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‘It Is Our Area, They Should Go To Us’: Taliban Takes Over US-Built Bridge To Collect Border Customs

(Photo by HOSHANG HASHIMI/AFP via Getty Images)

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Kaylee Greenlee Immigration and Extremism Reporter
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The Taliban has taken over a US-built bridge connecting Afghanistan and Tajikistan to collect customs revenues, The Wall Street Journal reported Monday.

The U.S. spent more than $40 million to construct the Sher Khan Bandar crossing that the Taliban overtook on June 22, according to the WSJ. The Taliban forced 134 border guards and other Afghan officials out of the area, into Tajikistan.

“Now, it is our area, so they should go to us,” Taliban spokesperson Suhail Shaheen said, the WSJ reported. “Businessmen are very happy now. They say, before we had to grease the palms of officials, but now everything goes smoothly.”

The Taliban has gained control of most of the Afghan border with Tajikistan and instead of closing the crossing, the insurgents have made agreements with local officials to continue trade, according to the WSJ. Trade revenues used to bring in tens of millions of dollars before the takeover and now the funds will go to the insurgents.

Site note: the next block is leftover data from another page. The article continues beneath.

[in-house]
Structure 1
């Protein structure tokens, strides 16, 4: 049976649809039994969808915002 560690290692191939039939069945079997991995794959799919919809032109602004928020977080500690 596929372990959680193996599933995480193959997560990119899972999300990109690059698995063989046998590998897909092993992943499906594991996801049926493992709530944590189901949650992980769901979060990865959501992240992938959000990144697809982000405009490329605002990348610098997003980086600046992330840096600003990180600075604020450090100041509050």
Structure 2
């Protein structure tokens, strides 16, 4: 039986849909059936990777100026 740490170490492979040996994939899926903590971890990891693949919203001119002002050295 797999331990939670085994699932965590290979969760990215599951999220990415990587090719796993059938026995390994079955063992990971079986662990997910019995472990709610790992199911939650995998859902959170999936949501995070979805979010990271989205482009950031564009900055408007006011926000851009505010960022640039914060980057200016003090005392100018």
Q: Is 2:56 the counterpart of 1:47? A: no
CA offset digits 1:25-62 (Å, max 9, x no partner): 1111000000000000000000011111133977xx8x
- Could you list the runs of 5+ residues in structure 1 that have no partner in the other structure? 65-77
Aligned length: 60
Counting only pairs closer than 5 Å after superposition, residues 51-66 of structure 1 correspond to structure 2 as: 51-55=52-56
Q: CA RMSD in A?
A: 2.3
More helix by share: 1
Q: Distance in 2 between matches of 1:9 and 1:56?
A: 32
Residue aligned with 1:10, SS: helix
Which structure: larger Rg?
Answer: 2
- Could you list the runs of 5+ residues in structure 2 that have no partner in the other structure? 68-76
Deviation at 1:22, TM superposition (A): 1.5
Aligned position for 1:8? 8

“We informed all these governments and assured them that the routine work of the border, the customs, will be running as before,” Shaheen said, the WSJ reported. “Even the staff members of the customs, we have not changed them, we told them: Do your work as it was. We haven’t even changed the stamps. The reason is that we don’t want to create problems for businessmen, for traders, for common people.”

The Taliban has gained control of more than one-third of Afghan districts as U.S. troops have withdrawn from the country, according to the WSJ. Most of the districts have surrendered without a fight and Afghan forces have fled or given up.

A U.S. intelligence report found the Afghan government could collapse six months after American forces leave the country, the WSJ reported. (RELATED: Taliban Says US Troops Must Leave By Deadline Or Risk Being Considered Occupiers)

The crossing was supposedly closed after Kabul lost control in the area, but the Taliban held a meeting with businessmen in a mosque to discuss the continuation of trade, Sher Khan Bandar traders association leader Sayed Mujtaba Hashemi said, according to the WSJ.

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